Every January we celebrate Martin Luther King Jr. Day in the United States to remember the contribution Dr. King made to the civil rights movement. At great personal risk, he passionately and peacefully championed equal rights for African Americans in the 1950s and 1960s.
Martin’s Big Words by Doreen Rappaport is a beautiful picture book that reviews Martin Luther King Jr.’s life and legacy. My favorite part is that it weaves in quotes that emphasizes Dr. King’s mission and motivation.
Plus the illustrations are incredible. Take a sneak peek at a few of them here:
Where to find the book:
You can check the book out of your local library or purchase a copy for your classroom/home: Martin’s Big Words on Amazon. You can also watch a video of the book being read: Martin’s Big Words on YouTube.
This story is a must-read in my classroom every year. After reading the book, we do an assortment of activities to assess comprehension and extend the learning.
Activities I do with my students:
At the start of class I give my students a copy of the K-W-L chart. Before we read the book I have them fill in the Know column with things that they already know about Dr. Martin Luther King Jr. Then I ask them to write 3 questions they would like answered (in the Want to Know column) about Dr. King’s life and legacy. As I read the story they fill in the Learned column with at least 5 facts they learned from the book. If any of their questions were answered, I ask them to draw a line to connect the question with the answer.
After we discuss our K-W-L charts, I give them a true or false activity to assess their listening comprehension. The students have to read each statement and then color or circle the thumbs-up if it is true and the thumbs-down if it is false. We talk through each statement and find the answers in the story if there is any doubt or dissent among the students.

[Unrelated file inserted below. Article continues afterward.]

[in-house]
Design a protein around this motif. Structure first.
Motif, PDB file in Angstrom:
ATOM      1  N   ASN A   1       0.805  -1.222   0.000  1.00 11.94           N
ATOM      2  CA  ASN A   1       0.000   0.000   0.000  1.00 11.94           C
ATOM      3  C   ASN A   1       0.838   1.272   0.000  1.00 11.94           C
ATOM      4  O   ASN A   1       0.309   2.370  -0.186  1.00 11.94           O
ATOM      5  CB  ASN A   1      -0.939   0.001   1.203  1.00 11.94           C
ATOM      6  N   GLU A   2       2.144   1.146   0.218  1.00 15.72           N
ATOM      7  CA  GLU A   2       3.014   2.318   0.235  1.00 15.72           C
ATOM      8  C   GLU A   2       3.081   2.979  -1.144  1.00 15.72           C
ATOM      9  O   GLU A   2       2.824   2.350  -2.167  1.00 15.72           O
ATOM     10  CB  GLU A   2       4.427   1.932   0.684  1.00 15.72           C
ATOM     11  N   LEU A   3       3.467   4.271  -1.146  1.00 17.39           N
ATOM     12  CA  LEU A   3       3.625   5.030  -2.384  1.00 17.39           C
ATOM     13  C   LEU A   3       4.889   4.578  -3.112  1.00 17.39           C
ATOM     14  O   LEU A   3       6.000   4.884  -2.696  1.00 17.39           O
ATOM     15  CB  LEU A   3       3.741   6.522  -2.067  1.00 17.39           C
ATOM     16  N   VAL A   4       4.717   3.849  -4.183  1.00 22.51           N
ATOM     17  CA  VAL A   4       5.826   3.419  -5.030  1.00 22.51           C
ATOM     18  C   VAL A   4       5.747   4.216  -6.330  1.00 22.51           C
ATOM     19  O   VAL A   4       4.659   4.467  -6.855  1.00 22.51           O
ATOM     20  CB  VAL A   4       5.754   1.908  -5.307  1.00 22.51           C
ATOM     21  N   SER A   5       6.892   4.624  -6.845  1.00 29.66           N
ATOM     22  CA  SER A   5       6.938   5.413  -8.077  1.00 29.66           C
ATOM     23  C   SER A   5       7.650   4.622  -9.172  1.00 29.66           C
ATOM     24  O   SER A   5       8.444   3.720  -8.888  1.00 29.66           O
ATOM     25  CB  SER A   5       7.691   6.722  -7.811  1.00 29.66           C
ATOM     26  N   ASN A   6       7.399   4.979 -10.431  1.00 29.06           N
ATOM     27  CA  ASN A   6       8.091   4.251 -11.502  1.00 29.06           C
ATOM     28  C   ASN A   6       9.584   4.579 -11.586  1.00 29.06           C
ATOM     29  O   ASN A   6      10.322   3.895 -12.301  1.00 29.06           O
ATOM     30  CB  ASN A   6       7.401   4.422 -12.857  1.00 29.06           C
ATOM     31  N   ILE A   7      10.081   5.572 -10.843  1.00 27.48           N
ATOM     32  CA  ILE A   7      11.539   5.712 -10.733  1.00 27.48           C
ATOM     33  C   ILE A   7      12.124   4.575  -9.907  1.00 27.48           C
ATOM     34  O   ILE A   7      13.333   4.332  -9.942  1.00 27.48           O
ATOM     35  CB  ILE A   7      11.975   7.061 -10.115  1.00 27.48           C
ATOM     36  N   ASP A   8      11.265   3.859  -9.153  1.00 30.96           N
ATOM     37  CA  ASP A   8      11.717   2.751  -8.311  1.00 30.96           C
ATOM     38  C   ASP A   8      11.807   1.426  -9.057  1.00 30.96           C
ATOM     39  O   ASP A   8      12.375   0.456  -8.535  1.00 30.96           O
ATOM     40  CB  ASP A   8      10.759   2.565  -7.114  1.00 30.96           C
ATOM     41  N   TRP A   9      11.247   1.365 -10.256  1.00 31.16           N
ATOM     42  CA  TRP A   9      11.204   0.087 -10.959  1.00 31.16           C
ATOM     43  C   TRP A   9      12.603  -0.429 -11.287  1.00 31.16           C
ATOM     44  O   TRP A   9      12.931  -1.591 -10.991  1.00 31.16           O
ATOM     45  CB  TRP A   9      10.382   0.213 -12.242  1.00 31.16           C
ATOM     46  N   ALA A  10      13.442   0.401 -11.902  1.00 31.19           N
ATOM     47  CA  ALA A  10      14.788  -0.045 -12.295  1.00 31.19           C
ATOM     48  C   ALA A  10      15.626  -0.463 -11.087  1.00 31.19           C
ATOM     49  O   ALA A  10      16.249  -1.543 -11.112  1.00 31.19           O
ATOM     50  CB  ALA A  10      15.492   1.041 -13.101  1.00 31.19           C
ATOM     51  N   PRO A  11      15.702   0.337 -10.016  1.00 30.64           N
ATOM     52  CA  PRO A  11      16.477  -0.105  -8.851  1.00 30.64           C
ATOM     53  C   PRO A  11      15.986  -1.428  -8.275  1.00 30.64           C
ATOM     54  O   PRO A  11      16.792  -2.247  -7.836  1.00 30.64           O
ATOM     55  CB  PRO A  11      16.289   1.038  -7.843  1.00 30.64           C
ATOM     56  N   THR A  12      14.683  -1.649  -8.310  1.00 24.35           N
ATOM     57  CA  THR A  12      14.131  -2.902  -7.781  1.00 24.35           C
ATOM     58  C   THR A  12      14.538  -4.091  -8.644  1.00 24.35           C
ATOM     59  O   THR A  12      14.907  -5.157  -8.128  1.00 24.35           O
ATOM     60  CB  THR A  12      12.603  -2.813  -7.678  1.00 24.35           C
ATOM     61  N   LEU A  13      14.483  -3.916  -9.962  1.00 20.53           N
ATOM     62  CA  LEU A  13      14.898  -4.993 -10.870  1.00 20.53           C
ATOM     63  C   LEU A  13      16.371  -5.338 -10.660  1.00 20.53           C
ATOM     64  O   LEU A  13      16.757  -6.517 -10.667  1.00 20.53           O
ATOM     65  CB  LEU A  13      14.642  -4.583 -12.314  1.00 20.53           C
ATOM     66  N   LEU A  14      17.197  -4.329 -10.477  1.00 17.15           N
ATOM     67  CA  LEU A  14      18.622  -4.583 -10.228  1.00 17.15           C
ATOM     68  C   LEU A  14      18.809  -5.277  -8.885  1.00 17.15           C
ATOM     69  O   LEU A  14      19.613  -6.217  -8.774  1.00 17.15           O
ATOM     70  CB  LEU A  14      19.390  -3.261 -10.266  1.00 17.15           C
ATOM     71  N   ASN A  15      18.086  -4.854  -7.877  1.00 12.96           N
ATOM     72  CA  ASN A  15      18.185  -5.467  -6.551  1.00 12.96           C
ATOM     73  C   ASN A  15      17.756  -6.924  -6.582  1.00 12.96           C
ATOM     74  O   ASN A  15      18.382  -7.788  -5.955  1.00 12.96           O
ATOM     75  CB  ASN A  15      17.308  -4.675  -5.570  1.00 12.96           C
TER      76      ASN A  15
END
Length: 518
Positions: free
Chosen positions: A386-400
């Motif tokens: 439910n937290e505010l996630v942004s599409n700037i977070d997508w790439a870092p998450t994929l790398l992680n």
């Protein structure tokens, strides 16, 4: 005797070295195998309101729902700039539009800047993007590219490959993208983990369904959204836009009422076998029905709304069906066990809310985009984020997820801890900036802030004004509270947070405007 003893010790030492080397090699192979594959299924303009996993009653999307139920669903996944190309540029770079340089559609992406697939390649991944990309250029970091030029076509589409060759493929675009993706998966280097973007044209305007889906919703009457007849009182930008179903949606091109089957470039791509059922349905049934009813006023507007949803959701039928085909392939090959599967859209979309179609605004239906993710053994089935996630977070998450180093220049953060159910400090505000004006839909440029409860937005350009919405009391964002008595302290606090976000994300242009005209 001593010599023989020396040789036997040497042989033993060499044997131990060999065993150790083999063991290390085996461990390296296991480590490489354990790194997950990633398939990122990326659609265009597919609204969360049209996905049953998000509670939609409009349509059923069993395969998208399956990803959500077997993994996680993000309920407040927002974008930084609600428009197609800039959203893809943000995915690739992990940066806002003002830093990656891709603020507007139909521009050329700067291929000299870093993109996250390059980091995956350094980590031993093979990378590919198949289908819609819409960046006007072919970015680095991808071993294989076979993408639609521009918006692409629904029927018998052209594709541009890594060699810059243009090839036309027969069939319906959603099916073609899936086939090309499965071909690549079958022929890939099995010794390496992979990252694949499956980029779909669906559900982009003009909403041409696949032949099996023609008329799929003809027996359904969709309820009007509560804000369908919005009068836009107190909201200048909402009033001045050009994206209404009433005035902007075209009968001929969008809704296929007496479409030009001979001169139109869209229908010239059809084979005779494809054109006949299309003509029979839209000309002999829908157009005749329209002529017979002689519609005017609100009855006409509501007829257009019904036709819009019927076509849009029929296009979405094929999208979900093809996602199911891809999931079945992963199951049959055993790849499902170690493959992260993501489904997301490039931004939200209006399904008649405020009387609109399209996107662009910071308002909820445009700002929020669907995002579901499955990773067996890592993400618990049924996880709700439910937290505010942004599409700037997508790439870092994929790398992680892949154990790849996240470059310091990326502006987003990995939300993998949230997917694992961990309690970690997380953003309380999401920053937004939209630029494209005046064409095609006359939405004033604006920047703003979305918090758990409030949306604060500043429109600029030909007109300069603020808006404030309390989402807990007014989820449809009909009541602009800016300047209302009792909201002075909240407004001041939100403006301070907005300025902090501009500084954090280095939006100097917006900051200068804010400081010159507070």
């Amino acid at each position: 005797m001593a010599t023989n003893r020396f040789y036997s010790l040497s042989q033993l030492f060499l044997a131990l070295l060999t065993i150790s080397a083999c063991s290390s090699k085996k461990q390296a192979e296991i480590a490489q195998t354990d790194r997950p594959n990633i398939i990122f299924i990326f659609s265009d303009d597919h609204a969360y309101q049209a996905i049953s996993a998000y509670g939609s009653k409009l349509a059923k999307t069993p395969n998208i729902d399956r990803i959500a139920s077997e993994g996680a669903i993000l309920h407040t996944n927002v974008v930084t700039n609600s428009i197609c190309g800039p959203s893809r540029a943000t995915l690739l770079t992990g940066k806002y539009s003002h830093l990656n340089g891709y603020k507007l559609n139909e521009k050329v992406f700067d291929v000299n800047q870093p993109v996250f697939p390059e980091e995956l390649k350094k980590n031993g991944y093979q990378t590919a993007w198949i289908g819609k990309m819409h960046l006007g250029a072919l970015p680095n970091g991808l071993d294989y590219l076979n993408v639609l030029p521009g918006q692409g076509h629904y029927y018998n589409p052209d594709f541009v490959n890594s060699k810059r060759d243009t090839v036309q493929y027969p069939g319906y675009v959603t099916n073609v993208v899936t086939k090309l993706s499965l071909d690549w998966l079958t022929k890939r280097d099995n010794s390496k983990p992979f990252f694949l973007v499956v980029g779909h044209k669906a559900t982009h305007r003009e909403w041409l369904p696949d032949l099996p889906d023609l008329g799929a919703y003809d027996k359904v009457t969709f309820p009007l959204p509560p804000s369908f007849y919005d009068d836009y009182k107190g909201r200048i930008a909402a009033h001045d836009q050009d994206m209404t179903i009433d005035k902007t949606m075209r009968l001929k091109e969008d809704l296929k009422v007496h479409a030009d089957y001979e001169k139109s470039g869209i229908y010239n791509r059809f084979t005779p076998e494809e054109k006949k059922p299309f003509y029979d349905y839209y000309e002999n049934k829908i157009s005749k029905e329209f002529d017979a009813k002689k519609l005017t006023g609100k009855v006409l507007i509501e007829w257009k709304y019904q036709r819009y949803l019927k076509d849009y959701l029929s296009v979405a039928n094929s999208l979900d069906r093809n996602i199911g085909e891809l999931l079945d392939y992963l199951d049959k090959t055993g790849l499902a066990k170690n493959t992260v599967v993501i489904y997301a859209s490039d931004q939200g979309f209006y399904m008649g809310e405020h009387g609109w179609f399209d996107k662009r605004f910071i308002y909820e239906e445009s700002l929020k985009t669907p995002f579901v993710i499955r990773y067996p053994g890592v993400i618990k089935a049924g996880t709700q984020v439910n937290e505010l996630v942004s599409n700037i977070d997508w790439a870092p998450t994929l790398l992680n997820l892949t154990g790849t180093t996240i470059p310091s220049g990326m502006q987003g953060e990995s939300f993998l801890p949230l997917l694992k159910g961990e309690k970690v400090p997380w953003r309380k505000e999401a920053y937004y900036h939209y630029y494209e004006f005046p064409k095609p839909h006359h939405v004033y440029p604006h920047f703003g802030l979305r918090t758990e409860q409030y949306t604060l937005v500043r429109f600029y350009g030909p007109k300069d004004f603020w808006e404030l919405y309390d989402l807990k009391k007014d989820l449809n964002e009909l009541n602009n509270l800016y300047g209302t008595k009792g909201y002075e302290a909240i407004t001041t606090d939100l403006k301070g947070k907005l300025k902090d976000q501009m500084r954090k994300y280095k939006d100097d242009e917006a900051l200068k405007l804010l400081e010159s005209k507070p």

Then we do a quick lesson on antonyms, or words that mean the opposite. I remind the students that Dr. King was known for standing up for the opposite of what he saw in the world. On the activity sheet the students have to read the word in the lefthand column and connect it to its antonym on the right side. I then challenge them to come up with their own opposite pair.
Next I assess their comprehension with a cause and effect activity. I have provided them with the cause and they need to fill in the effect that happened as a result. This is an open-ended activity and sometimes students answers vary. I have provided an answer key using information from the text, but I encourage teachers to use their best judgment and accept other answers if they are accurate and applicable.
Now on to my favorite activity in this unit! This book is filled with powerful quotes by Dr. Martin Luther King Jr. that the help the students see into his mind and understand the motivation behind his actions.
I have 10 of the quotes from the story printed on 8.5×11 posters:
Food for Thought: Then I have each student choose one quote that is meaningful to them and fill out an activity page with why the quote is important and a drawing to illustrate the main idea.
After that I challenge the students to think of their own quote they can use to inspire or motivate others. You may be surprised at the wisdom your students come up with!
The quote posters and the activities make an excellent bulletin board or hallway display. I always take pictures of the students holding their “I Can Use My Words for Good” activity sheet. This is a powerful exercise that reminds kids of the importance of their words, to use to build up or tear down.
Finally, to wrap up the unit, we listen to Dr. King’s “I Have a Dream Speech” (you can listen to it on YouTube here) and then they fill in the “I Have a Dream” worksheet with words and pictures of things they dream about that would make the world a better, more peaceful place. I have each student present their “dreams” to the class.
Simplify your lesson planning!
If you’d like to use these activities with your students, you can check out the unit in my Teachers Pay Teachers store: Martin’s Big Words unit by Jessica Lawler – Joy in the Journey
Some years I have more time to devote to it and throw in some extras, like:
- We read the book Who Was Martin Luther King, Jr.?
- We watch the BrainPop Video: The Legacy of Dr. Martin Luther King Jr.
- We read the book I Have a Dream